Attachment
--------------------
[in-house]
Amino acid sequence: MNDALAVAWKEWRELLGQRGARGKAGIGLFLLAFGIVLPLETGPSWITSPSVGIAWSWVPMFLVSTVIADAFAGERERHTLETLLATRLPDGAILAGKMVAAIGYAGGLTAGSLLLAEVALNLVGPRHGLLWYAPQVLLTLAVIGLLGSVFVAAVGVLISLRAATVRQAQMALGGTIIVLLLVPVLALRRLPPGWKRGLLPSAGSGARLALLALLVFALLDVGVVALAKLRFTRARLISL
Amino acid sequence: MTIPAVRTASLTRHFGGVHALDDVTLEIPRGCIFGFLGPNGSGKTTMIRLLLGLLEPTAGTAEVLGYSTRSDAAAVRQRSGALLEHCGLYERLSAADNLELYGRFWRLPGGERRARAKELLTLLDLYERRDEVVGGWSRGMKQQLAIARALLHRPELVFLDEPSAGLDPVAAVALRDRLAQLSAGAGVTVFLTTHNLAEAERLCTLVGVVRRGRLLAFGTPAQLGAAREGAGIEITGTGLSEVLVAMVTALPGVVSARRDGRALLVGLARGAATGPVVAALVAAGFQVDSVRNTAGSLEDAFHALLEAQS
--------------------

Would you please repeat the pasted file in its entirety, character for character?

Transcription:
[in-house]
Amino acid sequence: MNDALAVAWKEWRELLGQRGARGKAGIGLFLLAFGIVLPLETGPSWITSPSVGIAWSWVPMFLVSTVIADAFAGERERHTLETLLATRLPDGAILAGKMVAAIGYAGGLTAGSLLLAEVALNLVGPRHGLLWYAPQVLLTLAVIGLLGSVFVAAVGVLISLRAATVRQAQMALGGTIIVLLLVPVLALRRLPPGWKRGLLPSAGSGARLALLALLVFALLDVGVVALAKLRFTRARLISL
Amino acid sequence: MTIPAVRTASLTRHFGGVHALDDVTLEIPRGCIFGFLGPNGSGKTTMIRLLLGLLEPTAGTAEVLGYSTRSDAAAVRQRSGALLEHCGLYERLSAADNLELYGRFWRLPGGERRARAKELLTLLDLYERRDEVVGGWSRGMKQQLAIARALLHRPELVFLDEPSAGLDPVAAVALRDRLAQLSAGAGVTVFLTTHNLAEAERLCTLVGVVRRGRLLAFGTPAQLGAAREGAGIEITGTGLSEVLVAMVTALPGVVSARRDGRALLVGLARGAATGPVVAALVAAGFQVDSVRNTAGSLEDAFHALLEAQS